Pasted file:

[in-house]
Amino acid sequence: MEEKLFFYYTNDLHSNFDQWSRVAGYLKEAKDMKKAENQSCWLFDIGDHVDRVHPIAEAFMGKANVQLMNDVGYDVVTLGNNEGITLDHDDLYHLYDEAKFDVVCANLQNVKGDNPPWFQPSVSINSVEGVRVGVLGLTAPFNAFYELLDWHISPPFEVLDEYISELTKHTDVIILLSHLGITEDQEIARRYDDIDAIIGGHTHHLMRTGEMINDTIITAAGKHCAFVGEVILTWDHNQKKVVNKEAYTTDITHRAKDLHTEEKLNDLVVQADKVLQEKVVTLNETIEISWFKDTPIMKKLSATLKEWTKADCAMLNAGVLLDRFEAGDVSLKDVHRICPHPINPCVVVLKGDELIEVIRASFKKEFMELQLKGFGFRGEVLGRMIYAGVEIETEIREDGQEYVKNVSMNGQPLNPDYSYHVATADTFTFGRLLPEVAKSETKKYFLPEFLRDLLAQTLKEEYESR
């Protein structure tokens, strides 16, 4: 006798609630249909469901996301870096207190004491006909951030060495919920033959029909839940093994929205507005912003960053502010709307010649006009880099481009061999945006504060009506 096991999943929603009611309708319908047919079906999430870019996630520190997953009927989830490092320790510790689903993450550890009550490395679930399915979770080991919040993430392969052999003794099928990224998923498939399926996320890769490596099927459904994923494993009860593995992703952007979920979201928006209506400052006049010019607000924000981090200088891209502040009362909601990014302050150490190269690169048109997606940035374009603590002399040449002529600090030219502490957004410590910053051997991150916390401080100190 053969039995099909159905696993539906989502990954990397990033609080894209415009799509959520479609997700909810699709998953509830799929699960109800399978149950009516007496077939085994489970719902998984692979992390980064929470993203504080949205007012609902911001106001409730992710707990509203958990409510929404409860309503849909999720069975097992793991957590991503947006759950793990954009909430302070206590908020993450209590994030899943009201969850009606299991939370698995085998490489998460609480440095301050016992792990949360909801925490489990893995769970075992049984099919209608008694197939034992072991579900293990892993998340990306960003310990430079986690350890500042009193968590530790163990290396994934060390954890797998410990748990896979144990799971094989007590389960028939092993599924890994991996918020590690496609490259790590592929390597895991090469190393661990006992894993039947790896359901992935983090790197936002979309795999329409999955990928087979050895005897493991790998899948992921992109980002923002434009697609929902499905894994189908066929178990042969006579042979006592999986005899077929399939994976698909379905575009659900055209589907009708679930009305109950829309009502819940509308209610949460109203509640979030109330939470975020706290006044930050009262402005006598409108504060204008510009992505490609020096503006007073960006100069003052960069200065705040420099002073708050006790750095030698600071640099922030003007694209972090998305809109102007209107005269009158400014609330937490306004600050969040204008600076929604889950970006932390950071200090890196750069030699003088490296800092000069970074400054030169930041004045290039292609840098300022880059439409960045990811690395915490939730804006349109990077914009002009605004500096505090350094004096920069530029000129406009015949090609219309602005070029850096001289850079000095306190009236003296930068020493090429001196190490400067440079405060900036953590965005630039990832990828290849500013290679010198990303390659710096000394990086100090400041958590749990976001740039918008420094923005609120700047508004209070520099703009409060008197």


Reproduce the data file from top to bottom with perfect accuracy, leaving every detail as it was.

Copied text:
[in-house]
Amino acid sequence: MEEKLFFYYTNDLHSNFDQWSRVAGYLKEAKDMKKAENQSCWLFDIGDHVDRVHPIAEAFMGKANVQLMNDVGYDVVTLGNNEGITLDHDDLYHLYDEAKFDVVCANLQNVKGDNPPWFQPSVSINSVEGVRVGVLGLTAPFNAFYELLDWHISPPFEVLDEYISELTKHTDVIILLSHLGITEDQEIARRYDDIDAIIGGHTHHLMRTGEMINDTIITAAGKHCAFVGEVILTWDHNQKKVVNKEAYTTDITHRAKDLHTEEKLNDLVVQADKVLQEKVVTLNETIEISWFKDTPIMKKLSATLKEWTKADCAMLNAGVLLDRFEAGDVSLKDVHRICPHPINPCVVVLKGDELIEVIRASFKKEFMELQLKGFGFRGEVLGRMIYAGVEIETEIREDGQEYVKNVSMNGQPLNPDYSYHVATADTFTFGRLLPEVAKSETKKYFLPEFLRDLLAQTLKEEYESR
């Protein structure tokens, strides 16, 4: 006798609630249909469901996301870096207190004491006909951030060495919920033959029909839940093994929205507005912003960053502010709307010649006009880099481009061999945006504060009506 096991999943929603009611309708319908047919079906999430870019996630520190997953009927989830490092320790510790689903993450550890009550490395679930399915979770080991919040993430392969052999003794099928990224998923498939399926996320890769490596099927459904994923494993009860593995992703952007979920979201928006209506400052006049010019607000924000981090200088891209502040009362909601990014302050150490190269690169048109997606940035374009603590002399040449002529600090030219502490957004410590910053051997991150916390401080100190 053969039995099909159905696993539906989502990954990397990033609080894209415009799509959520479609997700909810699709998953509830799929699960109800399978149950009516007496077939085994489970719902998984692979992390980064929470993203504080949205007012609902911001106001409730992710707990509203958990409510929404409860309503849909999720069975097992793991957590991503947006759950793990954009909430302070206590908020993450209590994030899943009201969850009606299991939370698995085998490489998460609480440095301050016992792990949360909801925490489990893995769970075992049984099919209608008694197939034992072991579900293990892993998340990306960003310990430079986690350890500042009193968590530790163990290396994934060390954890797998410990748990896979144990799971094989007590389960028939092993599924890994991996918020590690496609490259790590592929390597895991090469190393661990006992894993039947790896359901992935983090790197936002979309795999329409999955990928087979050895005897493991790998899948992921992109980002923002434009697609929902499905894994189908066929178990042969006579042979006592999986005899077929399939994976698909379905575009659900055209589907009708679930009305109950829309009502819940509308209610949460109203509640979030109330939470975020706290006044930050009262402005006598409108504060204008510009992505490609020096503006007073960006100069003052960069200065705040420099002073708050006790750095030698600071640099922030003007694209972090998305809109102007209107005269009158400014609330937490306004600050969040204008600076929604889950970006932390950071200090890196750069030699003088490296800092000069970074400054030169930041004045290039292609840098300022880059439409960045990811690395915490939730804006349109990077914009002009605004500096505090350094004096920069530029000129406009015949090609219309602005070029850096001289850079000095306190009236003296930068020493090429001196190490400067440079405060900036953590965005630039990832990828290849500013290679010198990303390659710096000394990086100090400041958590749990976001740039918008420094923005609120700047508004209070520099703009409060008197």